Friday, February 4, 2011

"Mommy! We Forgot My Sister!"

We were on the ferry, heading home from a visit to grandma's house. We were enjoying relative calm until Noah stood straight up and declared,"MOMMY! We forgot my sister!"

An old lady two rows over looked at me in mild panic. Nearby, a concerned mother - juggling her own three pre-schoolers, shot me a "I totally understand" look.

The funny thing is, Noah doesn't have a sister.

"What do you mean, Noah?"

"We forgot Allie!" he cried. Real tears. Or maybe crocodile ones, I'm not sure.

"Allie" (not her real name) is my foster sister.... Noah's aunt, in a way, except that he's two years older than her.

"Oh, sweet. Allie lives with Grammy and Opa."

"But Mommy - I want her to be MINE SISTER!" he crossed his arms over his chest, raised his chin, and gave me his best "I'm a teenager trapped in a three-year-old's body" look.

Great. Last month he was lamenting the cruel reality that he could not live with his brother. This month I had to break his heart again and explain that Allie couldn't live with us.

"Well, Noah, Allie is a very special girl. But she lives with Grammy and Opa. She needs to stay there right now, that's her home."

"But Mommy, she's MINE SISTER!" he insisted. "We both have yellow jammies!" -- he had a point. They both got bright yellow footed pajamas for Christmas. Perhaps that's all it took to solidify their sibling bond - at least in the mind of my three year old.

Maybe one day he'll have a sister or brother, or maybe some of each. And I'll get them all matching jammies to celebrate home coming day. I just hope - while Noah waits - he can stop accusing me of child abandonment on the ferry. 

Wednesday, February 2, 2011

Luckily You Didn't Inherit my Soccer Gene

This is my son playing soccer:

This is my son, still playing soccer. He is joyfully getting hit in the head with a soccer ball:

You can't see it, but he's smiling.

This is what makes my son so much fun. And what makes him a complete opposite of me, his (adoptive) mother. Thank God for the miracle of adoption and the genetics we do not share.

I played soccer for one season. I hid from the ball. It rained (or snowed) at every practice. My knees froze. I often forgot my shin pads, and ended up rolling magazines and stuffing them down my socks so it looked like I had the proper gear on.

I hadn't discovered the miracle of bobby pins. My hair took to the rain and wind like a brillo pad to warm water. It looked like I felt: terrible. I wanted off the field.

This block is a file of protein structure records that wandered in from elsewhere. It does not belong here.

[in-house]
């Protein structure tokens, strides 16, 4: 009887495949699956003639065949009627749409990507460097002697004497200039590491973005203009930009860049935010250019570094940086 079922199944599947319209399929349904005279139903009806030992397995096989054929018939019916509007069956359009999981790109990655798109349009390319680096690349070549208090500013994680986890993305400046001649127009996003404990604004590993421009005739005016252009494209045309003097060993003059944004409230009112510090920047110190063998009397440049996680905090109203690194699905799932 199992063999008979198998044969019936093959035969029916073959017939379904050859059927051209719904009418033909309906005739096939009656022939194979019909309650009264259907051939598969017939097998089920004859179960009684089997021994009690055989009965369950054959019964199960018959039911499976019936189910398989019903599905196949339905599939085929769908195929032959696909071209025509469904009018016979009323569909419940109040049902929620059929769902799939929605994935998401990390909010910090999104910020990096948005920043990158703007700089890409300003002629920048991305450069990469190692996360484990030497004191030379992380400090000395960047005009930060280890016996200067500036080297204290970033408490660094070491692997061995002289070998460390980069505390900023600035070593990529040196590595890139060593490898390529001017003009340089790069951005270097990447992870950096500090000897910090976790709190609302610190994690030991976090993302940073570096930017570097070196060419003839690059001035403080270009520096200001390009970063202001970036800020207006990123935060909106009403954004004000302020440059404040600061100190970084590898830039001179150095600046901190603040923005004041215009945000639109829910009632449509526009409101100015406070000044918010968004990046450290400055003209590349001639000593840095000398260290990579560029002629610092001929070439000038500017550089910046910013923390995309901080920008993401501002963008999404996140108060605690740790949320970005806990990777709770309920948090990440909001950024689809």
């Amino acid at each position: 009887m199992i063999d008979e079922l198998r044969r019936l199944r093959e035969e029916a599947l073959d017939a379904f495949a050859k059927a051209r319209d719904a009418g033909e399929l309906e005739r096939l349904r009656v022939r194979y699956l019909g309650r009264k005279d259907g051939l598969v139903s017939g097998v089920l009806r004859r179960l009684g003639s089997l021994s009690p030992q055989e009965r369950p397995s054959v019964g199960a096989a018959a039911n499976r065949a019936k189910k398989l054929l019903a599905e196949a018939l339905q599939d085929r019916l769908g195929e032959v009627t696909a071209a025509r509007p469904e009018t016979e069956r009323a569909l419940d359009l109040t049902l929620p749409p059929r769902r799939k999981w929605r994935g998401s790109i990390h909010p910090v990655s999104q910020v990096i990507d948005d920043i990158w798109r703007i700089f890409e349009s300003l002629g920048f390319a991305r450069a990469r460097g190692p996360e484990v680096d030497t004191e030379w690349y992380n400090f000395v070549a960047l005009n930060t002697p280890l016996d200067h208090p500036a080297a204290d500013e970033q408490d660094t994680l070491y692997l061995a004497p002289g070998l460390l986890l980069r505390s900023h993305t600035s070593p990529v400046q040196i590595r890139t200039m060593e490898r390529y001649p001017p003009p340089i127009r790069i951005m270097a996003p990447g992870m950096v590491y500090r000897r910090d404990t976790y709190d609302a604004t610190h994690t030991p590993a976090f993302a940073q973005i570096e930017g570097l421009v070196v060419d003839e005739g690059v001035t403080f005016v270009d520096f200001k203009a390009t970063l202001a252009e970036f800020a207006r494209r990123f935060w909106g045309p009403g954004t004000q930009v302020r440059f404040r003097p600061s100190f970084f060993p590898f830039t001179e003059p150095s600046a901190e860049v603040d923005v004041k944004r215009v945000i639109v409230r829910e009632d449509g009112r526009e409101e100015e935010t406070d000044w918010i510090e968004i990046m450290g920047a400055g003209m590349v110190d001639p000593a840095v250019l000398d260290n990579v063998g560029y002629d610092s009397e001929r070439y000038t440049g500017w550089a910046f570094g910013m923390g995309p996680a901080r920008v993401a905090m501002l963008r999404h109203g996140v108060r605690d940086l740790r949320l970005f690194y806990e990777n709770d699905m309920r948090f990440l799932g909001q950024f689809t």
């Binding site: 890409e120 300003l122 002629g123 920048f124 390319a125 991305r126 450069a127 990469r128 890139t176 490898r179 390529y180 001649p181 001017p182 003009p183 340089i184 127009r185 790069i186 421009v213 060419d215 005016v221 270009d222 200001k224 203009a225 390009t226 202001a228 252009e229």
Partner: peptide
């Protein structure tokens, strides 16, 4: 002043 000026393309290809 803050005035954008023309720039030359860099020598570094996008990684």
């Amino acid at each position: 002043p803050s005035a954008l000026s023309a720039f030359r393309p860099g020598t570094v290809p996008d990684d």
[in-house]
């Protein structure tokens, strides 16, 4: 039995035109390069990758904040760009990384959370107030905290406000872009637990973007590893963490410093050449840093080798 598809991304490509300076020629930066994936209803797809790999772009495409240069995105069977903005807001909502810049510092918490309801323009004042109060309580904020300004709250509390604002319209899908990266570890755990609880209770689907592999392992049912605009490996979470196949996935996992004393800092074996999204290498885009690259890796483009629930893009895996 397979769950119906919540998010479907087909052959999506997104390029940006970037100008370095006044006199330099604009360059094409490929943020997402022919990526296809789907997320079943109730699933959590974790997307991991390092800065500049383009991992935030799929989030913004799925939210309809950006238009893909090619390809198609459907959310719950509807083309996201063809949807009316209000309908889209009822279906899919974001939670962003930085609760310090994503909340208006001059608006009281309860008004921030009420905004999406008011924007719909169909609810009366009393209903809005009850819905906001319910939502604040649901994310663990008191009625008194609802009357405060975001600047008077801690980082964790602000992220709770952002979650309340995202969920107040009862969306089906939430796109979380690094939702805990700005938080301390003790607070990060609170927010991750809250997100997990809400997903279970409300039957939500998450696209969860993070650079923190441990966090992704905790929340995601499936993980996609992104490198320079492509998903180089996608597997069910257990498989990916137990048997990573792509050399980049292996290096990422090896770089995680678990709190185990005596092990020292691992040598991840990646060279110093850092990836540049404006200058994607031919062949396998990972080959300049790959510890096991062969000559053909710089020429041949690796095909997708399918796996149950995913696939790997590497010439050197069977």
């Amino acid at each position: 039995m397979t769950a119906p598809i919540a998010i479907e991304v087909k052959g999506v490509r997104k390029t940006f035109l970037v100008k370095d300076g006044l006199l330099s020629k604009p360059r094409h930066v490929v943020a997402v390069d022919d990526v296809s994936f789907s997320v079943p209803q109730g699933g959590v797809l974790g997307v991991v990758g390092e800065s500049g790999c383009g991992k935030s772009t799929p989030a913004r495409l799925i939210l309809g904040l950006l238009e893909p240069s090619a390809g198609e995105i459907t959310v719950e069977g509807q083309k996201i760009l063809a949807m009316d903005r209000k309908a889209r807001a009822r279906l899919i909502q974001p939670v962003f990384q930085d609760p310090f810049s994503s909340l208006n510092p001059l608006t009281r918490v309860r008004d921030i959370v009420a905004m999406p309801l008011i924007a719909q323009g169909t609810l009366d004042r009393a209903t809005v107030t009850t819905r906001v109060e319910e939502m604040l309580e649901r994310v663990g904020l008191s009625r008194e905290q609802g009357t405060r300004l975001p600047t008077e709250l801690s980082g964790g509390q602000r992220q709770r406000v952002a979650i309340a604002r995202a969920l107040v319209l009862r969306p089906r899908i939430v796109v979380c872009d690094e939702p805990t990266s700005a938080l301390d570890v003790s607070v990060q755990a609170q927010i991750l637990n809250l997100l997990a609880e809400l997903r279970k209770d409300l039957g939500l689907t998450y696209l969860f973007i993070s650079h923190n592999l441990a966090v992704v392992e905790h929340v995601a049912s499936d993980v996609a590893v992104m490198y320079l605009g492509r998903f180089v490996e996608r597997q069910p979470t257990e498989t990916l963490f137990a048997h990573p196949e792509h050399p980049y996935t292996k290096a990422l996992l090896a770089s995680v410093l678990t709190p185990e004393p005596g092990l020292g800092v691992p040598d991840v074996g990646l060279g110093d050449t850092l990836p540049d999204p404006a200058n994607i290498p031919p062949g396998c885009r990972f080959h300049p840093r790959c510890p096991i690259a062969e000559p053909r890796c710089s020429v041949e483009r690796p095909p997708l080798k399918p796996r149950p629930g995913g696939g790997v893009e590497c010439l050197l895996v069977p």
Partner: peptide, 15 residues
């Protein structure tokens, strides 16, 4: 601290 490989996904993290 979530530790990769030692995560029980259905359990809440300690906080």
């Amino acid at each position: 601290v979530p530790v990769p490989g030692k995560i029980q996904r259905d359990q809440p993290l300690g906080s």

But my son? He LOVES soccer. ESPECIALLY in the rain. He loves running through puddles and splashing and slipping to his heart's content. Chasing that ball through mud-covered fields, slipping in the swamp that is our local park. He literally shines when covered in wet earth. His favourite memory is finding a worm in his hair one day after a particularly messy and muddy practice.

Me? I'd rather curl up in the fetal position, or drink gatorade on the sidelines than pick arachnids out of my hair after a practice.

Thank God for genetics - and not having them in common! I promise I'll be the best soccer mom possible. Not sure entirely what that looks like, but I will do it happily, even if it involves de-bugging you after every game.

Why Did You Adopt? No, Really, WHY?

It's not an uncommon question: "Why did you adopt?" I've been asked so many times that my well-rehearsed answer rolls effortlessly off my tongue. "We fell in love with our son, and we were lucky enough to be chosen to parent him."

This time, the follow up question made me pause "No, REALLY, why did you adopt?" What - was my answer not sufficient?

"What do you mean?" I blinked, thankful I'd put sufficient mascara on that morning for my winces to make an impact.

"Well, why adoption?"

Oh. That question. You meant to ask: Why not biological parenting? Why not adopt a Chia pet? Or a road, since my municipality sees fit to make an adoption plan for them? Why not live child-free? Why not abandon all plans for white picket fences, mortgages, grandkids, and old age security, and head for white sand beaches in the Caribbean, the cold frost of the Arctic, or the sand storms in the Middle East? 

"Uh, because we REALLY REALLY love our son, that's why." I replied, trying not to sound sunburnt, frosty, or parched.

"But.... but why ADOPTION?" she pestered.

I was starting to get annoyed. "Why did you marry Josh?"

"Because I love him, of course!" she smiled a little.

"Right. But why JOSH? Why not your ex, Chris, or Josh's much taller, less husky, better paid, older brother? Or why not remain single?" (Sorry, Josh.)

She smiled a little. "Well, Josh was the one. We just knew it." She was getting googly eyed on me... I was going to lose the point of my conversation. I tried to steer her back on course.

"See? That's why we adopted. We knew it was our path. And when we met our son, we knew he was ours. Others meet after the match is made, and that's as beautiful and romantic and meant-to-be as any Hollywood romance - even yours and Josh's."

Did she get it? I think so. Does it matter? Not a bit. I've answered this type of question before. Someone will pose it again down the road. In the meantime, I'll keep on loving my son. More than any sandy beach or Arctic adventure. I'll love him and his journey more than any other child or any other way we could have built our family. And DEFINITELY more than a Chia pet.